After the debacle that was the 2010-11 season, no one was really sure what to expect from the New Jersey Devils this season. They were polar opposites in each half of last season under two different coaches and this year they were on their fourth coach in four seasons, not even including Jacques Lemaire twice.
In the past two decades there have been two consistencies with the Devils: winning and Martin Brodeur. However, both aspects of the franchise have begun to fade recently and, ironically, a little less of the latter can have a big impact on the former.
The Devils won three Stanley Cups in a span of nine years from 1995 to 2003, but have only won two of eight playoff series since and missing the playoffs last year for the first time since 1996.
Martin Brodeur has taken the majority of the workload every season since their first Cup win, recording at least 70 games played each year, not including two recent injury-plagued seasons, except one, when he played in 67 games in 1996-97 and from ’98-99 to ‘07-09 he never finished lower than 3rd in games played among goaltenders. It was a great plan; Brodeur is one of the top netminders ever to play, so there is no reason for him not to get into as many games as possible. Until now.
Brodeur will turn 40 in early May and is on pace to play just 57 games this season as backup Johan Hedberg’s 23 appearances is already the most for a Devils goalie other than Brodeur since Mike Dunham played in 26 games in 1996-97. Aside from missing six games in the first month of the season with a shoulder injury, Brodeur has seen less action this year, especially during the first few months.
That break early in the season has him fresh and on an upswing headed into the final stretch of the season. He is having a poor season by his standards, his .902 save percentage is his worst posting since the first lockout, but his mark of .924 in February shows he is improving at the right time of the year.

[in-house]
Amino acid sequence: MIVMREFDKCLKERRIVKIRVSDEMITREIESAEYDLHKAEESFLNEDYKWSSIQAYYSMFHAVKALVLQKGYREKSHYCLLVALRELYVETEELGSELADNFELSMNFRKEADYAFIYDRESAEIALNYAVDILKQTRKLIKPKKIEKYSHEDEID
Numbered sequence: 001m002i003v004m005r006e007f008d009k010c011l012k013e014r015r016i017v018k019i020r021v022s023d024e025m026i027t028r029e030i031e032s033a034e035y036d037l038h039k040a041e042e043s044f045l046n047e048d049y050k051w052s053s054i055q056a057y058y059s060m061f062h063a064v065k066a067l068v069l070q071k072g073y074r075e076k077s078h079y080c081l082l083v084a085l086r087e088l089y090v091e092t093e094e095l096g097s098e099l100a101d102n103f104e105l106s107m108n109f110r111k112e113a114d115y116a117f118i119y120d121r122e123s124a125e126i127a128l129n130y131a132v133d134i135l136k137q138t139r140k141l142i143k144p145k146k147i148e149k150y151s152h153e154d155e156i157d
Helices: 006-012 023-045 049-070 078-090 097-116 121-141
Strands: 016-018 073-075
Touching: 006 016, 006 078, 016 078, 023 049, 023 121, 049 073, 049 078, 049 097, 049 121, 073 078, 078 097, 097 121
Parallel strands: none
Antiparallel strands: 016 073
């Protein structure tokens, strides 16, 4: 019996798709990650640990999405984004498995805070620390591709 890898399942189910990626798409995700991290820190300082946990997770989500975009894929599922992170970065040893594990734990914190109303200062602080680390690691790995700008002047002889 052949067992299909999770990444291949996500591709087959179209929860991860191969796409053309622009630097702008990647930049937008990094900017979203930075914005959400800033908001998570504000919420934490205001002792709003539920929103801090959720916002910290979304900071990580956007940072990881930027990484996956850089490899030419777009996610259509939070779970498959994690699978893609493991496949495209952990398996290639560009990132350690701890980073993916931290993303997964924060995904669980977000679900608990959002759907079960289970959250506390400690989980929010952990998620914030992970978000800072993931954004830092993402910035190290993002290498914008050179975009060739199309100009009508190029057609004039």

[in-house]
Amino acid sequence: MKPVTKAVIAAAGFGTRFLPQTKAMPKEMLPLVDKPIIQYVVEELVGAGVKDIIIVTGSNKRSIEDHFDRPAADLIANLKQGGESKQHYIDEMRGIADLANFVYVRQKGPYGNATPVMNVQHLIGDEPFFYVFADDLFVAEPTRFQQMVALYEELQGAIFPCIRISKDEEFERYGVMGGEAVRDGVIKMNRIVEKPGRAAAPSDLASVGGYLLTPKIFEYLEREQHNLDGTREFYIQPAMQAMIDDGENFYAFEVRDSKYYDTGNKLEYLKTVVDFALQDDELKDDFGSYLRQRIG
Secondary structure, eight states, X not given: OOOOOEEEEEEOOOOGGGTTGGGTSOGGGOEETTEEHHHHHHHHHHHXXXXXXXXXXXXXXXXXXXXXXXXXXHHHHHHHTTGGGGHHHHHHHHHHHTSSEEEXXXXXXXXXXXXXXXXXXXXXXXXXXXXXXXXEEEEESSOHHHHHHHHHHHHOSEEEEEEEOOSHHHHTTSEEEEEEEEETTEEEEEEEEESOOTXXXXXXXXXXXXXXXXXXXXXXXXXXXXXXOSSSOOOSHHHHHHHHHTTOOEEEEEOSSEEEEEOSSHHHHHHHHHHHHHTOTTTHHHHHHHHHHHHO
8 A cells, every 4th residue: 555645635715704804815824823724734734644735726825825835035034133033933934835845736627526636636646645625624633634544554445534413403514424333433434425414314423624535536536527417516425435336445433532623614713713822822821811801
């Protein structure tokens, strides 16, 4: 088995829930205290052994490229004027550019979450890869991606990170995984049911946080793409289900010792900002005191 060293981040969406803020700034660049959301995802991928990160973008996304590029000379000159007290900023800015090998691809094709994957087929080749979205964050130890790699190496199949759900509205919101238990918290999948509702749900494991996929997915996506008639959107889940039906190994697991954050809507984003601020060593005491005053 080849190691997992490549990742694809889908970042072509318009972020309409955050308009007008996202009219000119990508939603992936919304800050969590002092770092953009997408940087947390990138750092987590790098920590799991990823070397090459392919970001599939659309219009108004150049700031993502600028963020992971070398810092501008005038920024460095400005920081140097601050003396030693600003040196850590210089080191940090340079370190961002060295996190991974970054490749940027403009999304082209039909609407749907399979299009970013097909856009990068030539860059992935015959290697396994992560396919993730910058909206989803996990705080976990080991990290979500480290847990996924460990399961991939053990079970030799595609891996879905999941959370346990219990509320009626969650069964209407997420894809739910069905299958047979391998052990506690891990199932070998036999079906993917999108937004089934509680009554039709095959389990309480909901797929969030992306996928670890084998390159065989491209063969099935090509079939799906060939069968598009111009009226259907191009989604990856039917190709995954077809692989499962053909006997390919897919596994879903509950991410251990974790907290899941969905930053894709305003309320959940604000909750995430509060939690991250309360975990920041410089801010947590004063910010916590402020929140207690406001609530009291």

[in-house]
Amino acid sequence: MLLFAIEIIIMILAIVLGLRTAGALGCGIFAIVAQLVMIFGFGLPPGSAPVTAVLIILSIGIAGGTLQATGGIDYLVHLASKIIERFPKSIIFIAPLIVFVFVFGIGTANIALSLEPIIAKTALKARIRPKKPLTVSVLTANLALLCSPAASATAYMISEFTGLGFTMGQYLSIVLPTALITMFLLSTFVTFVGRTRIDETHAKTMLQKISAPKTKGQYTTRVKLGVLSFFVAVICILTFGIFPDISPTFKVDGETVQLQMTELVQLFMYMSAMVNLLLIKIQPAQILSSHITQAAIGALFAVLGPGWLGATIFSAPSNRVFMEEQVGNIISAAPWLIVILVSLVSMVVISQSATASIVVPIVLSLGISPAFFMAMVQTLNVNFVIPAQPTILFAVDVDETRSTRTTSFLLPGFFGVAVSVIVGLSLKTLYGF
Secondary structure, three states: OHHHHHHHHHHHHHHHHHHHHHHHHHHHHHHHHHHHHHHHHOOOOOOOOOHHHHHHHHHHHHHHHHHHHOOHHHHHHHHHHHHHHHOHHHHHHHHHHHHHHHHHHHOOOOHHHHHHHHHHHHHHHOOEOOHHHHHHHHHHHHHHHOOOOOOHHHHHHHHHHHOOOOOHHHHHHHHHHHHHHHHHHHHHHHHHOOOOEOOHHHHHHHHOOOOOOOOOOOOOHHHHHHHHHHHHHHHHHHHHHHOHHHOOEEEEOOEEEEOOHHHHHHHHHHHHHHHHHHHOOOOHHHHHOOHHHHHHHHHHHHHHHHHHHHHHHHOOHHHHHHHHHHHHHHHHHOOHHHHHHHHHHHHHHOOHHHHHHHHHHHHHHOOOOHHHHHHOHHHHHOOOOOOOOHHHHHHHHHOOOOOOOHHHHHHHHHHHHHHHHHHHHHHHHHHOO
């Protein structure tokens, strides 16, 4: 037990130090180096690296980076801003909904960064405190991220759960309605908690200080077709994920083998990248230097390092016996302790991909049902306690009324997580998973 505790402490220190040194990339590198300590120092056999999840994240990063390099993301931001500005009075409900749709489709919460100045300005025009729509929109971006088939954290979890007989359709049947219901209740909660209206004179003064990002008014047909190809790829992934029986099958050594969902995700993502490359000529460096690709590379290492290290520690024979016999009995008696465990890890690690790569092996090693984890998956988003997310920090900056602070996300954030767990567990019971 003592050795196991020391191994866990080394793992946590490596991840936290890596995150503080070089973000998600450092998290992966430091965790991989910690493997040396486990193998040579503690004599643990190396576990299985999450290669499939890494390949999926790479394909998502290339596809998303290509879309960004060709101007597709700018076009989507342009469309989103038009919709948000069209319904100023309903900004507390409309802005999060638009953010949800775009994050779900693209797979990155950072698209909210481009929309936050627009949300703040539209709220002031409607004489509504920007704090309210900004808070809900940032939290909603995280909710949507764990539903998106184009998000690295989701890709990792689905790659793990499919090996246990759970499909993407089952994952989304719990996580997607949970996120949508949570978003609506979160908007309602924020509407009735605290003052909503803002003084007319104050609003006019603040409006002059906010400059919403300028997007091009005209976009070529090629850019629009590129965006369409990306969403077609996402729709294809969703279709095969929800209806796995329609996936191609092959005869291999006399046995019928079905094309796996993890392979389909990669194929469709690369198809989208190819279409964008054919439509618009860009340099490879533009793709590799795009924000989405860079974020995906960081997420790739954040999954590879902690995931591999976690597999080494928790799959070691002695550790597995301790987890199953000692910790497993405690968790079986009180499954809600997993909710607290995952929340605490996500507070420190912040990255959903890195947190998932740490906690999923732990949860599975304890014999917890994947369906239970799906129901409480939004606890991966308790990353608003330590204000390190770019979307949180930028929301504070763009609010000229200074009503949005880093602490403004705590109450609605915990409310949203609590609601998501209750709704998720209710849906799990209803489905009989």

In the Devil’s past three trips to the postseason Brodeur has looked awful. In 2008 he posted an .891 save percentage and 3.19 goals-against average and in 2010 he had an .881 save percentage and 3.01 GAA. Granted he no longer has the nearly impenetrable defense in front of him he used to, but having played 77 games each regular season while in his late 30s clearly had an effect. In 2009, he only played 31 regular season games, albeit due to injury, and posted solid numbers in the first round with a .929 save percentage and 2.39 GAA. However, in that series the Devils were up on the Carolina Hurricanes by a goal, at home in Game 7 with under 1:30 left to play. They didn’t even make it to overtime.
By letting him rest periodically, Devils coach Peter DeBoer has let Brodeur save his energy for the critical time of the year. He just can’t waiver from that game plan this late in the season. Brodeur will benefit from not playing so many games, but can’t be worn out in the final month of the regular season. If DeBoer can keep his games played total in the low 50s, Brodeur and the entire team will be better of for it.
Hedberg has only started four games in January and February, but he has the chance to see more action in March. The Devils have some relatively easy games left on their schedule; nine of the remaining 19 games are against teams not in playoff position. That includes the New York Islanders four times, three next week alone. If Hedberg get the majority of those starts, than Brodeur will only play around 55 games and be fresh for the playoffs for the first time in a while.
Brodeur’s next playoff win will be his 100th and you can be sure he won’t be satisfied stopping right at that mark.
A native of Monroe Township, NJ, Tim received his Bachelor’s Degree in Contemporary Journalism from Endicott College in Beverly, MA. A Flyers fan growing up, he has gone to numerous events including each installment of the Winter Classic, the Stanley Cup final and the 2010 Olympics.
In addition to The Hockey Writers, Tim also writes for The Good Point and interned with The Hockey News from Jan. to May 2011, contributing to their book Hockey’s Most Amazing Records. Outside of hockey, Tim enjoys reading and watching movies and extreme sports such as snowboarding and skydiving.